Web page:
Friday, January 25, 2008
A matter of Taste
Every Winter, Birds with a penchant for Antiques flock together at the Armory on Park Avenue in New York City which benefits the East Side Housing settlement.
The Winter Antiques Show opened last week and many exhibits were set to display a vast array of American, and European Antiques. Many articles leading up to this high society exhibit tout that you must bring one million dollars. I did not get down to the show but wanted to share this illustration that I had done a few years ago which to me sums up the people milling about as they ponder ways to drop a quick George Apparently there were many items that peaked curiosity and George Washington was one. Every item that makes it to this exhibition must be deemed authentic by the "vetting" community, a tasting committee if you will. Now that's something I could sink my teeth into.
I refer to my life in phases and during the before children phase, many a weekend were spent perusing New York City for Antiques and collectibles that could fill my apartment. Budget and item in mind, each purchase was like hunting for a rare and exotic beast. The thrill was educating my eye and my husband will always say, "I know what I like, but she finds things that are real and valuable, she has a good eye." Returning one afternoon with a brown bag full of Royal Copenhagen "full lace" china all for under a hundred dollars. Where was the vetting committee for those items. A round marble top table hoisted into a New York City Taxi is a fond memory. A inlay mahogany table blackened by lack of care, carried home with one less vote and then was later declared that his vote was the one who spotted it first.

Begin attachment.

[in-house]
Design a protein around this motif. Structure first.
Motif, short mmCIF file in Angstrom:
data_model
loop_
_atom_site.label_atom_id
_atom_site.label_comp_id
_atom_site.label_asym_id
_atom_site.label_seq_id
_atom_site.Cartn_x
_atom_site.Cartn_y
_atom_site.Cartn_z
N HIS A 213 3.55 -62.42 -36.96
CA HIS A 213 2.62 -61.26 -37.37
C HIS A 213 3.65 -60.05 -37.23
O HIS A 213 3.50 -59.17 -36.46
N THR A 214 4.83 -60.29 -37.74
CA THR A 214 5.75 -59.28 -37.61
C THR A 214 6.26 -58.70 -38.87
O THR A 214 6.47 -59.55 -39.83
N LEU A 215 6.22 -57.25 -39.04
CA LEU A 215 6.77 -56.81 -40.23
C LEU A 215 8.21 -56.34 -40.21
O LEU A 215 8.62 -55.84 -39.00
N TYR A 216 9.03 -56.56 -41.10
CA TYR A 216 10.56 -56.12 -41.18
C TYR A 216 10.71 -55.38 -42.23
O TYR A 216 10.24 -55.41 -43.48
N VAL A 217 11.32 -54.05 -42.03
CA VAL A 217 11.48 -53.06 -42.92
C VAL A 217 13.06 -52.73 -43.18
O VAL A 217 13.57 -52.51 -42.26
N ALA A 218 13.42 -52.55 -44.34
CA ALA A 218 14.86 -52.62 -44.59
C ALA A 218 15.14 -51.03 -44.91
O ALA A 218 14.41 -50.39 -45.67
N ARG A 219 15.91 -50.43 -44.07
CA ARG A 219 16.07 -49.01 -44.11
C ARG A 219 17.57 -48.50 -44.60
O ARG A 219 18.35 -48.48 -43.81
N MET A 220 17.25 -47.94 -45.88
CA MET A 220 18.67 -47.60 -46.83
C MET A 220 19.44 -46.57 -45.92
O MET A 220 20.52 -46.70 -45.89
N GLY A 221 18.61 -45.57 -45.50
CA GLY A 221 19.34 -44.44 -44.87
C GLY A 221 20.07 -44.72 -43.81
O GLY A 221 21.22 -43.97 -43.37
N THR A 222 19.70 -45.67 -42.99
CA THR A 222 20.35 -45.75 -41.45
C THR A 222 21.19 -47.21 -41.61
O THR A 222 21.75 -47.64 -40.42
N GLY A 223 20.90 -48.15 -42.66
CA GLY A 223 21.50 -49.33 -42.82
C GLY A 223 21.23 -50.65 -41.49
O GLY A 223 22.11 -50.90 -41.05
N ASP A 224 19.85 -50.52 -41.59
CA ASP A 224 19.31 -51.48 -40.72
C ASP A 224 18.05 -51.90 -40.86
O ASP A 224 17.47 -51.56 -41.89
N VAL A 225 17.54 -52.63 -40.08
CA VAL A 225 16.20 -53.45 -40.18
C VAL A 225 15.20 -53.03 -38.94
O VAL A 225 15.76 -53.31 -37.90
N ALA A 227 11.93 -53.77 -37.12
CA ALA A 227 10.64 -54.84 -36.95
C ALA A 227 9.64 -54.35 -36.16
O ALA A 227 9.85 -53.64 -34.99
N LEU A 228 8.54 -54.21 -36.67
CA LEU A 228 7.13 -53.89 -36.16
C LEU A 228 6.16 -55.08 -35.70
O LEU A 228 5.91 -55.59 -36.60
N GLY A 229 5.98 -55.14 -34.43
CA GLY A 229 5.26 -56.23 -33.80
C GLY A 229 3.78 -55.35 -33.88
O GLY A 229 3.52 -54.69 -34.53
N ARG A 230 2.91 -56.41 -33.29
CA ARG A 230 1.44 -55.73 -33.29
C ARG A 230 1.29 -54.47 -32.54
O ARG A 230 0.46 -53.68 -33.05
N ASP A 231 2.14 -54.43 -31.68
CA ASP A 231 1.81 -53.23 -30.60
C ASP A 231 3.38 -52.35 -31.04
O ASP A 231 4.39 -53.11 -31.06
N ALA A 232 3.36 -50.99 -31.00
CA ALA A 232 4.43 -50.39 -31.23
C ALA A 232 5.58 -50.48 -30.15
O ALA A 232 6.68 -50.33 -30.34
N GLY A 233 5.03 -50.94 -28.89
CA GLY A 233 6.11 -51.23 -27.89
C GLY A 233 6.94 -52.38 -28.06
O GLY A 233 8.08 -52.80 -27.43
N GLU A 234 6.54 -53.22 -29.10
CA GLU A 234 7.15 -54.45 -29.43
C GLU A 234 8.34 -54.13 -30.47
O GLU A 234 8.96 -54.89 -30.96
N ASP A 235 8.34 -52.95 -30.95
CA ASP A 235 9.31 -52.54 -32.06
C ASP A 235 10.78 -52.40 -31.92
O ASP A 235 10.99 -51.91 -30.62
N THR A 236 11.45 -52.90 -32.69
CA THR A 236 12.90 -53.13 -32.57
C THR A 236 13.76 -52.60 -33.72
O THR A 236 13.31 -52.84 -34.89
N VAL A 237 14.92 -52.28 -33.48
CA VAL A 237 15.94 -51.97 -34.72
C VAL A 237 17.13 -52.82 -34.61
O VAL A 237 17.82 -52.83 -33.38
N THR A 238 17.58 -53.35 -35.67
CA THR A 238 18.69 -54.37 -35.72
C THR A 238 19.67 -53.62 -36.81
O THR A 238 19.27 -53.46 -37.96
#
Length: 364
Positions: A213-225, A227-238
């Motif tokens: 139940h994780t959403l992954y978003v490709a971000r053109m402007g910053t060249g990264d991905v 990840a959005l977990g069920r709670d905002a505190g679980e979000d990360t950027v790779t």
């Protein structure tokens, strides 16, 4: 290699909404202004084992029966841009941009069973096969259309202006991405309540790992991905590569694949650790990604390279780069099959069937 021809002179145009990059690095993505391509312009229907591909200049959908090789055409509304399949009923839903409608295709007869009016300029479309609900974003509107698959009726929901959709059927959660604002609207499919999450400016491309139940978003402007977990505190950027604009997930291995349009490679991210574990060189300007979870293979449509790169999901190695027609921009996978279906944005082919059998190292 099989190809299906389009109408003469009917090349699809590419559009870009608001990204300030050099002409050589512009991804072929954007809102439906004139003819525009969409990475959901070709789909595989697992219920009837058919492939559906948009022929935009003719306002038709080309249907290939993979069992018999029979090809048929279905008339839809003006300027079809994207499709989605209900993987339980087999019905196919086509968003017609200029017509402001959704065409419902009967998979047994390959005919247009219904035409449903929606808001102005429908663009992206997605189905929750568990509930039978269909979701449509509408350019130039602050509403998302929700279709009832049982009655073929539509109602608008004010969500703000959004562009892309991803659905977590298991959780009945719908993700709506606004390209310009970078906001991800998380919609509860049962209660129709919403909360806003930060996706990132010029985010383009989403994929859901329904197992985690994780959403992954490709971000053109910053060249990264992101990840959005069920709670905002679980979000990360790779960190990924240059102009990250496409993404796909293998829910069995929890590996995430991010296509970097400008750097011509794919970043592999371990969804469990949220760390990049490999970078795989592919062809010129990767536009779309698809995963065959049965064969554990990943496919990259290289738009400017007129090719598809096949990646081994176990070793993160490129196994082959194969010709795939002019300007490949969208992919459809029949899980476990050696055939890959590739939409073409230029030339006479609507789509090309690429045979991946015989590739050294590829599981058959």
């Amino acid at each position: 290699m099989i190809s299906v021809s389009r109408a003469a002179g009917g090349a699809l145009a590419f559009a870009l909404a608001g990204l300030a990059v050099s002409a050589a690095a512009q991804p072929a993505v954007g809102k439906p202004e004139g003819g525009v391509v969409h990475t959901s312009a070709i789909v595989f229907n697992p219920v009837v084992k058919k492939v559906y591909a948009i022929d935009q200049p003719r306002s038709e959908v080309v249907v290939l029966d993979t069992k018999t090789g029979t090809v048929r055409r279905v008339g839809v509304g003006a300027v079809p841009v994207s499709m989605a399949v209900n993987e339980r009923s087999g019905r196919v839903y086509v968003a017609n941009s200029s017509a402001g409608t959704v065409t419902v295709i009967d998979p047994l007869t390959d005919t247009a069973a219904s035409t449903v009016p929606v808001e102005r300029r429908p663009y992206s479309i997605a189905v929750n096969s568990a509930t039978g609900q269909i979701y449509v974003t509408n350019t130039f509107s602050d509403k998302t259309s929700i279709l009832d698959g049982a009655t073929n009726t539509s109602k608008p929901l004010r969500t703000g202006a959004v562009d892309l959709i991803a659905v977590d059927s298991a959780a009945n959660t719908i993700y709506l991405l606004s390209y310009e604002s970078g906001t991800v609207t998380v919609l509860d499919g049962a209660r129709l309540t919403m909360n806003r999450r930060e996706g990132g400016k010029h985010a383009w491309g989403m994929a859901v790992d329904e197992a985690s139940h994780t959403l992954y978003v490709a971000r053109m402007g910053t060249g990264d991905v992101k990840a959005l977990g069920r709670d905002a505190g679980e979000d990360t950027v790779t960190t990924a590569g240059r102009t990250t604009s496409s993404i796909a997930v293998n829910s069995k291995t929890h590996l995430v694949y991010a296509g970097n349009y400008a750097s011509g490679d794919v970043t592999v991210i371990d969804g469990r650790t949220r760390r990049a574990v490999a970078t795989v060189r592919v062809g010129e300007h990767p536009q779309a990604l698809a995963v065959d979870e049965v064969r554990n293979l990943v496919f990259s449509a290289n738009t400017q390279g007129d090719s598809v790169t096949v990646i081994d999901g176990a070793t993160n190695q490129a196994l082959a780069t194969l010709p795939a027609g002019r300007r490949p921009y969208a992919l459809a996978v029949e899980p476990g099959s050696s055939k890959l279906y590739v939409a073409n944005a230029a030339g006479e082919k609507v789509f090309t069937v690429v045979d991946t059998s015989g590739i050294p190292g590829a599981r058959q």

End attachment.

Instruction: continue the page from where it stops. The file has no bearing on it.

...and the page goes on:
Lost sleep over items that got away or I clearly knew would not fit that months budget, at least if I wanted to eat. Who cares about food when you can have an antique. Educate your eye to things you know nothing about and then get to know them, it is after all simply a matter of taste. As my mother will always say, "Now, how do you know you won't like it if you don't at least give it a taste."